I remember a letter I received from a friend who was supposed to be on an intensive insight meditation retreat but had slipped into playing with these sorts of experiences. He was now fascinated by his ability to see spirit animals and other supernormal beings and was having regular conversations with some sort of low-level god that kept telling him that he was making excellent progress in his insight practice, i.e. exactly what he wanted to hear. However, the fact that he was having stable visionary experiences and was buying into their content made it abundantly clear that he wasn’t doing insight practices at all, but was lost in and being fooled by these siddhis. You get the picture. Now, don’t get me wrong. If one is looking for another way to address one’s content and stuff, visions of things like spirit animals can be very helpful. The trick is not to mix up content and fundamental insight.
“Psychic powers” can be used skillfully as well, and there are whole traditions that use them as their primary path. They can significantly broaden one’s horizons and are so interesting that great depths of profoundly steady concentration can easily be developed. They can increase the intensity of our “mental” processes to such a high level that they become very easy to see as they are, should we choose to do so. They can also begin to blur the line between the “mental” and the “physical” in ways that can be both disorienting and profound.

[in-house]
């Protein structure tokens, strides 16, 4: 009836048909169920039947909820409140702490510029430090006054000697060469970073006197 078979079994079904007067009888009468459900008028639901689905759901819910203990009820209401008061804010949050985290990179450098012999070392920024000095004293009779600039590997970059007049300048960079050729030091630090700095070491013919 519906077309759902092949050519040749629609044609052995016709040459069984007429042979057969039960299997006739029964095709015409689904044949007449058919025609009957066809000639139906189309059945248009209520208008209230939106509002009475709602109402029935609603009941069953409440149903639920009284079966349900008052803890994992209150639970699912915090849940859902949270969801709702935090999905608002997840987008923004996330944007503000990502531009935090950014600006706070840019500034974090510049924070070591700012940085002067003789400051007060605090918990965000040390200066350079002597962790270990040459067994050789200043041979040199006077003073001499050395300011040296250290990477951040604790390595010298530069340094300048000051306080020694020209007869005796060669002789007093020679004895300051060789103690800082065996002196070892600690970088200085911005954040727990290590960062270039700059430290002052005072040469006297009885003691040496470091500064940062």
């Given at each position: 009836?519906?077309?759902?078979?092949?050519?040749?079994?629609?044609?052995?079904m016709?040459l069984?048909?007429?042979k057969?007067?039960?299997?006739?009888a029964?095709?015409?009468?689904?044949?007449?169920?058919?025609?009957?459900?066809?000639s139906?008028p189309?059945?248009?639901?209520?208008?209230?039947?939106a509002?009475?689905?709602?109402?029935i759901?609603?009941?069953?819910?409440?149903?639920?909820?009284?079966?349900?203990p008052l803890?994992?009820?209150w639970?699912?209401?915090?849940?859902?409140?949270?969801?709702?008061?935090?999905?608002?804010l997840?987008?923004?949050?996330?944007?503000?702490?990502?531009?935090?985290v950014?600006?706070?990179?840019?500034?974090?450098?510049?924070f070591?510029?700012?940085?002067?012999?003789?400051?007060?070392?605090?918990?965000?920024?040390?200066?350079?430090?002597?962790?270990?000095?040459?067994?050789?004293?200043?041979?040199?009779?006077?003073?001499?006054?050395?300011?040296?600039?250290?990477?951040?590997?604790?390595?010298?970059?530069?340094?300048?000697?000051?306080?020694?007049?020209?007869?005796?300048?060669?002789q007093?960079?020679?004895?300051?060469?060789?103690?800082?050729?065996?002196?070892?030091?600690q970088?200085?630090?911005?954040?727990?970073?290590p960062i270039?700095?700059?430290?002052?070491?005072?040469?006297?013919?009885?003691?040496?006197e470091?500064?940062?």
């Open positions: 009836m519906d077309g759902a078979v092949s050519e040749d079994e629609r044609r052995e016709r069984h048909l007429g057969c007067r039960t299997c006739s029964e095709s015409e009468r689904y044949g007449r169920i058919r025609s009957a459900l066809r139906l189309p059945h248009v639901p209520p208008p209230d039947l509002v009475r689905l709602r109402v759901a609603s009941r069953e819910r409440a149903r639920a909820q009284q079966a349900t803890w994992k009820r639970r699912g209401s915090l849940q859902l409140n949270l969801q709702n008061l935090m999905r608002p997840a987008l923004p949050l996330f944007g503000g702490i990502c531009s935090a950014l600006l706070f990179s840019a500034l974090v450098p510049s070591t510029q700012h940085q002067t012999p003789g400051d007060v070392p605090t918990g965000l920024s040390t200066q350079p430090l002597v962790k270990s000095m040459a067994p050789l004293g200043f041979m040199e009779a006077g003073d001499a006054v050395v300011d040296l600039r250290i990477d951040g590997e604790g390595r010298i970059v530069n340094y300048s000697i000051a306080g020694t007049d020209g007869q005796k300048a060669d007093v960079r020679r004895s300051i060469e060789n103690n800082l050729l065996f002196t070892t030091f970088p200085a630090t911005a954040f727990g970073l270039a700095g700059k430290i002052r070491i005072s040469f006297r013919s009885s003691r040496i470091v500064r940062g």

When we start playing around with intentions, extended sensate realities and energetic phenomena, it can seem as if there are two worlds or fields of experience that interpenetrate each other, the ordinary one (“the real world”) and the magical one (“second attention,” “astral plane,” “spirit world,” etc.). Integrating these two perspectives into one causal field without artificial dualities or boundaries is quite a project, one with the potential to lead to very high levels of realization or to madness. It is the high-stakes way to play the game, but unfortunately seems to be largely unavoidable past a certain point.
The experiences of the powers can help people live in the world in a way that is at once appreciative of its richness and yet not overly serious about it or fixated on it. At their best, they can serve as a basis for a very deep exploration of sides of ourselves that we rarely see with such clarity, particularly the territory detailed by the likes of Jung and the Shamanic traditions. Occasionally, such experiences can bring profound epiphanies, times when we see our issues and shadow sides so clearly that our lives are definitely transformed for the better.
While this next point might sound a bit radical, there are good reasons to assume that we are all acting at what might be considered a magical level all the time and just doing it with little awareness of that fact. The best argument I know of for learning how to work at the level of the powers is to bring consciousness and compassion to a process that is happening already. Said another way, as we are already casting spells all the time, actually any time there is awareness and intent, we might as well learn to do it well.
On the other hand, playing around with siddhis can bring up really screwed up stuff from our subconscious that we are just not ready or able to handle skillfully, causing “siddhi bleed-through” into our lives that is simply unhelpful and very hard to integrate. Actually, when playing around with any meditative technology, there is no free lunch. You always end up being forced to face some further challenge having to do with personal or spiritual growth, either then or shortly thereafter. There doesn’t seem to be any getting around this.